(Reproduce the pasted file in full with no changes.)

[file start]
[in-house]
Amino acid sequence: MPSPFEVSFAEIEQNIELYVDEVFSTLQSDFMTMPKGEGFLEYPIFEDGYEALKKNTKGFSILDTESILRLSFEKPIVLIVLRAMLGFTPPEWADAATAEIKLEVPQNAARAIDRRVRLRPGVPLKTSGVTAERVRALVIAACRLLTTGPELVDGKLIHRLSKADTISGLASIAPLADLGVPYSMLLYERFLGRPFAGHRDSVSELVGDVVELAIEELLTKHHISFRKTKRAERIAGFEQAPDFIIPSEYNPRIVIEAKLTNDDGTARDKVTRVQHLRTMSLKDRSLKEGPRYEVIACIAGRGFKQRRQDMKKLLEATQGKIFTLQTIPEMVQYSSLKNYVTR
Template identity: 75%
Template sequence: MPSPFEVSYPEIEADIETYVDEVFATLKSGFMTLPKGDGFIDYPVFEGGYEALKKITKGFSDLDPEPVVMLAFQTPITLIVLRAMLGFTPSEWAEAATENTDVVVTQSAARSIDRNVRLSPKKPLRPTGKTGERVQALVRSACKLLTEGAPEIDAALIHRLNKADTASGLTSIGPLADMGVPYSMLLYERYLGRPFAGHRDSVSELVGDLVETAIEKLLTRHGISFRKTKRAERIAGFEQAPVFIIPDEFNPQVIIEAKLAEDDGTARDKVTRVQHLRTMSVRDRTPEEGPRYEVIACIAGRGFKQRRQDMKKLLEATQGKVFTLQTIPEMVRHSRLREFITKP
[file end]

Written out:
[in-house]
Amino acid sequence: MPSPFEVSFAEIEQNIELYVDEVFSTLQSDFMTMPKGEGFLEYPIFEDGYEALKKNTKGFSILDTESILRLSFEKPIVLIVLRAMLGFTPPEWADAATAEIKLEVPQNAARAIDRRVRLRPGVPLKTSGVTAERVRALVIAACRLLTTGPELVDGKLIHRLSKADTISGLASIAPLADLGVPYSMLLYERFLGRPFAGHRDSVSELVGDVVELAIEELLTKHHISFRKTKRAERIAGFEQAPDFIIPSEYNPRIVIEAKLTNDDGTARDKVTRVQHLRTMSLKDRSLKEGPRYEVIACIAGRGFKQRRQDMKKLLEATQGKIFTLQTIPEMVQYSSLKNYVTR
Template identity: 75%
Template sequence: MPSPFEVSYPEIEADIETYVDEVFATLKSGFMTLPKGDGFIDYPVFEGGYEALKKITKGFSDLDPEPVVMLAFQTPITLIVLRAMLGFTPSEWAEAATENTDVVVTQSAARSIDRNVRLSPKKPLRPTGKTGERVQALVRSACKLLTEGAPEIDAALIHRLNKADTASGLTSIGPLADMGVPYSMLLYERYLGRPFAGHRDSVSELVGDLVETAIEKLLTRHGISFRKTKRAERIAGFEQAPVFIIPDEFNPQVIIEAKLAEDDGTARDKVTRVQHLRTMSVRDRTPEEGPRYEVIACIAGRGFKQRRQDMKKLLEATQGKVFTLQTIPEMVRHSRLREFITKP